For a start, let me say that you are going about your business venture in the right way. To start a business in a sector which you are already working in is the best way forward. You understand it, you know where to get your supplies and you have experience of the market. I am also encouraged by the fact that you have focused on the research and finding your niche.
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Given this background, you should be able to raise some money to help you develop and exploit the opportunity you have spotted. What you have been offered are two completely different types of finance. Although you have not given details of what your bank manager has suggested, I guess it is likely to be some form of loan, possibly five to ten years. You will have to pay the interest on the loan and commit to repaying the amount you have borrowed over the period of the loan.
Less likely, your manager might have suggested an overdraft. You have to pay the interest on the amount borrowed, and the overdraft will have been agreed for a period of time, typically one year. The bank manager could demand that you repay at the end of the agreed period. In fact, you might be asked to repay the overdraft within a shorter period.
As you will see from my description, an overdraft is a much less secure way of borrowing money. You must ask the bank to set out in detail what you are being offered, when you have to repay and what rate of interest you are being charged. If you decide to get your money from the bank, you should shop around to other banks to see if you could be offered a better deal.
p> What the agency is suggesting is finance of a completely different type. Typically a business angel is a business person who invests money in a new or small enterprise in exchange for shares in that enterprise. This means that your business needs to be in the form of a limited company and that the business angel will be a part-owner of the business along with you and your brother. As to how much of the company the angel would own would be a matter of negotiation and you should get an accountant or solicitor to advise you.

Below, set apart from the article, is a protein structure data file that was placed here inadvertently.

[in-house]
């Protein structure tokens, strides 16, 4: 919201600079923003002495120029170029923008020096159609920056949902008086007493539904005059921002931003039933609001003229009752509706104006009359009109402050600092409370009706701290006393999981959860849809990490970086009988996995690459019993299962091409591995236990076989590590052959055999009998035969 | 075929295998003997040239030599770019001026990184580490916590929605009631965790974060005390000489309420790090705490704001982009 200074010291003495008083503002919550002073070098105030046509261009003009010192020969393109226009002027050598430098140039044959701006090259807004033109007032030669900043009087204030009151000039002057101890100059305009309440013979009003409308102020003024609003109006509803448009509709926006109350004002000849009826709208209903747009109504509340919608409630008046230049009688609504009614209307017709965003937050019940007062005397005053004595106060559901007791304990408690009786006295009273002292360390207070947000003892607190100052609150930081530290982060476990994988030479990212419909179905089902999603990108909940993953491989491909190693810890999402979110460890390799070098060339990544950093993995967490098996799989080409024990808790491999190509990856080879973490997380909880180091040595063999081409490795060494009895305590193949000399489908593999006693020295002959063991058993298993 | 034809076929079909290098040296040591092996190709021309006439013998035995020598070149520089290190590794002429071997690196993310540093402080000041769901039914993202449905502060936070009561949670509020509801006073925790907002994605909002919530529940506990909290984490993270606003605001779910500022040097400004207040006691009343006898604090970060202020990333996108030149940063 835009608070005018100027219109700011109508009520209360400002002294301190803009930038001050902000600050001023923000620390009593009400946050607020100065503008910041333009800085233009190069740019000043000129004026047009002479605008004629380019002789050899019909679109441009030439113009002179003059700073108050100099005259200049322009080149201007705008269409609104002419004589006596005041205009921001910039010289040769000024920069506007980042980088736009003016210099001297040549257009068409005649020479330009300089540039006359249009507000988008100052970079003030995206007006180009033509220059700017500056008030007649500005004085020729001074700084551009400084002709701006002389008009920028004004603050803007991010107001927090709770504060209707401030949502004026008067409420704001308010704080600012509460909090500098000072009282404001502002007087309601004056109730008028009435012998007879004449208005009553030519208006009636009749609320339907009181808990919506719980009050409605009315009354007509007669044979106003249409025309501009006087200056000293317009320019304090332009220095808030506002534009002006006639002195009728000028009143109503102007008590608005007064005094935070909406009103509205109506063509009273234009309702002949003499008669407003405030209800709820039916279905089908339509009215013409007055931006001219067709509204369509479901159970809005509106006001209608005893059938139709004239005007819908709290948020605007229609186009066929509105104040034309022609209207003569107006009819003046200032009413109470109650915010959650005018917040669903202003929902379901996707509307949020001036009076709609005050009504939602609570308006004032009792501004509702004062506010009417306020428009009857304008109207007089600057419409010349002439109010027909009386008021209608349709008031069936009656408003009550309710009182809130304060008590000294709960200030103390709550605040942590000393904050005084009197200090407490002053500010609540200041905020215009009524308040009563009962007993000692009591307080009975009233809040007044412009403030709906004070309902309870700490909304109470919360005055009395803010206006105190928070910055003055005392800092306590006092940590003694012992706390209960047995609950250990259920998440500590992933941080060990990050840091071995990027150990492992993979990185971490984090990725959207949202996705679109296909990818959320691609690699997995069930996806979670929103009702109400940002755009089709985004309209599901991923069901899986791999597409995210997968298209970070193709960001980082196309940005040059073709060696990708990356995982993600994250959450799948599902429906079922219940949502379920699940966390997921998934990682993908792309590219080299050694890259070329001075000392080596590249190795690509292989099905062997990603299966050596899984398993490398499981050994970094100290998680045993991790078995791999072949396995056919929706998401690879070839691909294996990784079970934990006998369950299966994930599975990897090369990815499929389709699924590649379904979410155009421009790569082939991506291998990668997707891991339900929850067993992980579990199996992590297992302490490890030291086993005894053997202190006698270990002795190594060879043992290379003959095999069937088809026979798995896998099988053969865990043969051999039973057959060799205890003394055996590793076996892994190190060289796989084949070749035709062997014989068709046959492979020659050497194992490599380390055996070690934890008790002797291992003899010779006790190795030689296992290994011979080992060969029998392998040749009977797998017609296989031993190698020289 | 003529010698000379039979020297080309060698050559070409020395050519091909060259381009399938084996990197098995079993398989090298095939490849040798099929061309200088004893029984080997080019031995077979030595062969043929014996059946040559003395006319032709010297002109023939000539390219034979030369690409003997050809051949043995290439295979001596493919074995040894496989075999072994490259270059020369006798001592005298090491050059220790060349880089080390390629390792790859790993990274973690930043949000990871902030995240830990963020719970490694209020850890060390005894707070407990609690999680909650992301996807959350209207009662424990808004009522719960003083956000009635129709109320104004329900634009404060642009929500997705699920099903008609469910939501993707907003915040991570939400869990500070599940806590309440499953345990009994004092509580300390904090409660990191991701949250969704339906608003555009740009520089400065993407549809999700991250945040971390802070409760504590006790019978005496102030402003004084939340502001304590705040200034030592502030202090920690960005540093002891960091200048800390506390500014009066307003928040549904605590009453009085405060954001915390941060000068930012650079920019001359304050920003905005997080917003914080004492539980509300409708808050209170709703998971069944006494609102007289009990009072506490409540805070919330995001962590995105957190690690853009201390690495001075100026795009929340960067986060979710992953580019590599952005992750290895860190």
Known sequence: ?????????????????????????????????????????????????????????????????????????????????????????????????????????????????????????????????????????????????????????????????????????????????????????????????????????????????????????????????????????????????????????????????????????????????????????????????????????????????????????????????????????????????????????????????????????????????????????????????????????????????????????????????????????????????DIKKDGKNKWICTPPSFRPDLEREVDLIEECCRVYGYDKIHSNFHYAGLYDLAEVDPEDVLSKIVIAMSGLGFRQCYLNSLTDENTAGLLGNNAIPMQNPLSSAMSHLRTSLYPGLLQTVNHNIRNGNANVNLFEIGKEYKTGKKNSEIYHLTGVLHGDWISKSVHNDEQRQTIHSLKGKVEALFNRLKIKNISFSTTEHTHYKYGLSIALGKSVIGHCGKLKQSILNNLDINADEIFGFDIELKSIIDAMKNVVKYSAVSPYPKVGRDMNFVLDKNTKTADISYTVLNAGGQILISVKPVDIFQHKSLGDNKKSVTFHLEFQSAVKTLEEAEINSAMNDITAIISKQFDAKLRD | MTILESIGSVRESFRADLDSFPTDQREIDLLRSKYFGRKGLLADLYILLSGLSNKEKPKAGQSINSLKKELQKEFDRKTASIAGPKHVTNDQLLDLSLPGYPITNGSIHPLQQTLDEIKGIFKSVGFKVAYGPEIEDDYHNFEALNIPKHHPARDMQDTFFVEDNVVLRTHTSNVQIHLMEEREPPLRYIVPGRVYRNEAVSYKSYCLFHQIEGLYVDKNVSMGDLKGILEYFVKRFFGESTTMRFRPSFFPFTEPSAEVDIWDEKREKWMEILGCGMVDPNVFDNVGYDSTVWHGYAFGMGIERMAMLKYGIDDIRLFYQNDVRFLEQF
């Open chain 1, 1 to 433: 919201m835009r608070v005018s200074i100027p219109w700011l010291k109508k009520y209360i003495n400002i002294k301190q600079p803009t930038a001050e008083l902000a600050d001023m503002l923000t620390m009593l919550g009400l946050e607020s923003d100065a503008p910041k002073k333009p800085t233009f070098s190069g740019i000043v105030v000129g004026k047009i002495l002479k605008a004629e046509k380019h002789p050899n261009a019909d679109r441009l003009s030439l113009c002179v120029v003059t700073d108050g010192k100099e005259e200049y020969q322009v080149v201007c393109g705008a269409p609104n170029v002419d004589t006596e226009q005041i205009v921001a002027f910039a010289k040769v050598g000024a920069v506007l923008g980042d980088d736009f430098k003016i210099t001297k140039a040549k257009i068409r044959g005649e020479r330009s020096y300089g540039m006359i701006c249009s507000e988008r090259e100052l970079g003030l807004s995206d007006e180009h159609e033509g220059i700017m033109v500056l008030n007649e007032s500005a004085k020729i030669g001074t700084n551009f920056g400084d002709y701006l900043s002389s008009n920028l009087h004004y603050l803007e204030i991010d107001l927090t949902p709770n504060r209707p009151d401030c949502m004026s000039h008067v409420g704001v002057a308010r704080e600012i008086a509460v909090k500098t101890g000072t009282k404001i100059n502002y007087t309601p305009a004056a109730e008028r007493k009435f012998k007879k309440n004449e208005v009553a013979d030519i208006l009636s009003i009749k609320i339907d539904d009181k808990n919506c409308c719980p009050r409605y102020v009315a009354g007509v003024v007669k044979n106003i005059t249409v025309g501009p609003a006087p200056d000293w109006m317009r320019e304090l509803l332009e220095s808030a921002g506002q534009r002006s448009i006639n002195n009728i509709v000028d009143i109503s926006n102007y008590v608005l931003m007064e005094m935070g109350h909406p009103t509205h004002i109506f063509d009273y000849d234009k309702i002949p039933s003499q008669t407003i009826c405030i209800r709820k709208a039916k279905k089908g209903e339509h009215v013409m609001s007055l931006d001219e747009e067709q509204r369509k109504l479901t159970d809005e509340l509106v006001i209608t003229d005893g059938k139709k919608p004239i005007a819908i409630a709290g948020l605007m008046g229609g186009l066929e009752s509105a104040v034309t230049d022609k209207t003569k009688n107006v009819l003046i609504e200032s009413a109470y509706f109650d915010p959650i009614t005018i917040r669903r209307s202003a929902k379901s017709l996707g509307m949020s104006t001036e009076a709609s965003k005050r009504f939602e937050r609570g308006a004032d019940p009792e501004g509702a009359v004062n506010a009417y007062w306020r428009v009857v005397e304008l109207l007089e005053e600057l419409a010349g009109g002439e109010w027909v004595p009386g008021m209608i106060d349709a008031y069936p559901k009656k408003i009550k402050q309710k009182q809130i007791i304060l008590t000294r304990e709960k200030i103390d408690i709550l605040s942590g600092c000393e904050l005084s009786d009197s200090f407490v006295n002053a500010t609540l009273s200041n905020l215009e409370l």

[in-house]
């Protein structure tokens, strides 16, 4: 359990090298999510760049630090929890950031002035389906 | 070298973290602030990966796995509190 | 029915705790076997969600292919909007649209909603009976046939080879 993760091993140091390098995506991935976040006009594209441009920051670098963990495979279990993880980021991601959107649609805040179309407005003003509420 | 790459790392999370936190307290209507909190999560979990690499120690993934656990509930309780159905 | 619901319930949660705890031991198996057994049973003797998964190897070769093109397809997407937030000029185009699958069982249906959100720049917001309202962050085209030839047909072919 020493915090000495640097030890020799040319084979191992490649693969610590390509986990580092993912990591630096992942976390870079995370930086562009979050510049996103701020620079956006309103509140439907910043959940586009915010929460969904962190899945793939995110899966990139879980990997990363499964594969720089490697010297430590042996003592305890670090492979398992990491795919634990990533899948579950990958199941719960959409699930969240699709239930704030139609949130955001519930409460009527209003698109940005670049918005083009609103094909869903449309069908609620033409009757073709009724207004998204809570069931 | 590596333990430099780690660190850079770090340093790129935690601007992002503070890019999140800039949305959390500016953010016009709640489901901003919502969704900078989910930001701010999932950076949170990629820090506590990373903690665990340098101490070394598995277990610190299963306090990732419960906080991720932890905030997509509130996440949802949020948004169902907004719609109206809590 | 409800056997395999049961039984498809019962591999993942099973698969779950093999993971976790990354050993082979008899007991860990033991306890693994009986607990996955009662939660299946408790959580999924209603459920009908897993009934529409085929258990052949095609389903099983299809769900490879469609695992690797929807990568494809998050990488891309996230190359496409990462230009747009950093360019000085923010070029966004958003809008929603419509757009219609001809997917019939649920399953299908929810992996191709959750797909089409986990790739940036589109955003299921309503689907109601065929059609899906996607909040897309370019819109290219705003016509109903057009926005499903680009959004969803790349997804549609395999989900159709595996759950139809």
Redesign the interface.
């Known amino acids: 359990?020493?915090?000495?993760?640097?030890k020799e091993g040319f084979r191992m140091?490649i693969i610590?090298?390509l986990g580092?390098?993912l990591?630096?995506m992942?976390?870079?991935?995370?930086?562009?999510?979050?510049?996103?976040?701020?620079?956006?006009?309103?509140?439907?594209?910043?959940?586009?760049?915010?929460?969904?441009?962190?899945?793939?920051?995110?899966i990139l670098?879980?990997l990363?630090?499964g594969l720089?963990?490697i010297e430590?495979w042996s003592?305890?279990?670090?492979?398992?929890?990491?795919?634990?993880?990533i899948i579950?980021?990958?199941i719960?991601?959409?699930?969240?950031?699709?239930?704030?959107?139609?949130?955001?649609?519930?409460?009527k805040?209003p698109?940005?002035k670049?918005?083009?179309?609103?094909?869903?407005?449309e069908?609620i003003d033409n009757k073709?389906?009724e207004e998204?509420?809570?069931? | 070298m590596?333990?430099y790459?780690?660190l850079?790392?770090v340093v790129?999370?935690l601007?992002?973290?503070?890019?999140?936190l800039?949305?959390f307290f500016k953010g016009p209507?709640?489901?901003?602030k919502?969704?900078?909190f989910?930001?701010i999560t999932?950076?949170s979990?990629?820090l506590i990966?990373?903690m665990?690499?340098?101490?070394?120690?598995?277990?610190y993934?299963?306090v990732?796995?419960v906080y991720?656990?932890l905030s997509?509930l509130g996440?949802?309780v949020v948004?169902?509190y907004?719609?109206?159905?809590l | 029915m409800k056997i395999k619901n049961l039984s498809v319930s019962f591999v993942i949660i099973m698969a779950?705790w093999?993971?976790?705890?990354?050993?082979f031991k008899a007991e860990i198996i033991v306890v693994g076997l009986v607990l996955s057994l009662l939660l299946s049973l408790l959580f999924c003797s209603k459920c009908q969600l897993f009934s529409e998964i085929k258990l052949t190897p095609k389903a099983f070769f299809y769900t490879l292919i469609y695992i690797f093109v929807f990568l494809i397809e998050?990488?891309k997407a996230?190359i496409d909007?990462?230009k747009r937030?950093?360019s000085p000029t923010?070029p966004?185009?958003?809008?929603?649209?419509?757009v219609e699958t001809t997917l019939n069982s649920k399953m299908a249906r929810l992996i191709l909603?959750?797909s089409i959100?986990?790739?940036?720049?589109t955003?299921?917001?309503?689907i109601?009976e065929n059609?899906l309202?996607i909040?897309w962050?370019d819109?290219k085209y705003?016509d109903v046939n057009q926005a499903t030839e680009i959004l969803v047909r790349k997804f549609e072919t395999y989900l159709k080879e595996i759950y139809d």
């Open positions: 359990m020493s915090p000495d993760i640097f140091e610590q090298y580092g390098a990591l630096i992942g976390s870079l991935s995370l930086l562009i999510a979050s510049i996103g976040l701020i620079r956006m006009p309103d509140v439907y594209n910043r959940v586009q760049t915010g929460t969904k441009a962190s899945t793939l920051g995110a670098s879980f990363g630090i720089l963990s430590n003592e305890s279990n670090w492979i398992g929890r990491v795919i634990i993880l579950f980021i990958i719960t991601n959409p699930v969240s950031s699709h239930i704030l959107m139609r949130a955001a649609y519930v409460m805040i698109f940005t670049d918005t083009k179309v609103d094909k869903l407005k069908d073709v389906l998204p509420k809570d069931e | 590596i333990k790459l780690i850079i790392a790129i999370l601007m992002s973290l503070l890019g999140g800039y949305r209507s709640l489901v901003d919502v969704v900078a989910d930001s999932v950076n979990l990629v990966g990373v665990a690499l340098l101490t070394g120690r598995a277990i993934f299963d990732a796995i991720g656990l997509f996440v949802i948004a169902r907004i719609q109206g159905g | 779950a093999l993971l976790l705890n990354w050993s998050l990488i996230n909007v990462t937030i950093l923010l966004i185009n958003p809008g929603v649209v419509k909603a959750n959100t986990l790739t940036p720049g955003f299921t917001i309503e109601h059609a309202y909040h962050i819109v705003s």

While this might all strike terror into your heart, there are some advantages in accepting an investment like this. Firstly, you don’t have to repay it and you don’t have to pay any interest on it. When you are struggling to make money and get your enterprise off the ground this can be very helpful. Secondly, the angel may be an experienced business person who can provide skills and knowledge which you and your brother lack, thus making your management team stronger.
Counting against these factors, there will be restrictions on how you can spend money and manage the business. The angel might look to get a salary from the business and possibly dividends (which as a shareholder you would also receive). Less obviously, you might not hit it off with the angel and not work together well. While seeking investment from an angel needs very careful thought, research and negotiation, it could be a very successful way of financing your idea while gaining extra management help.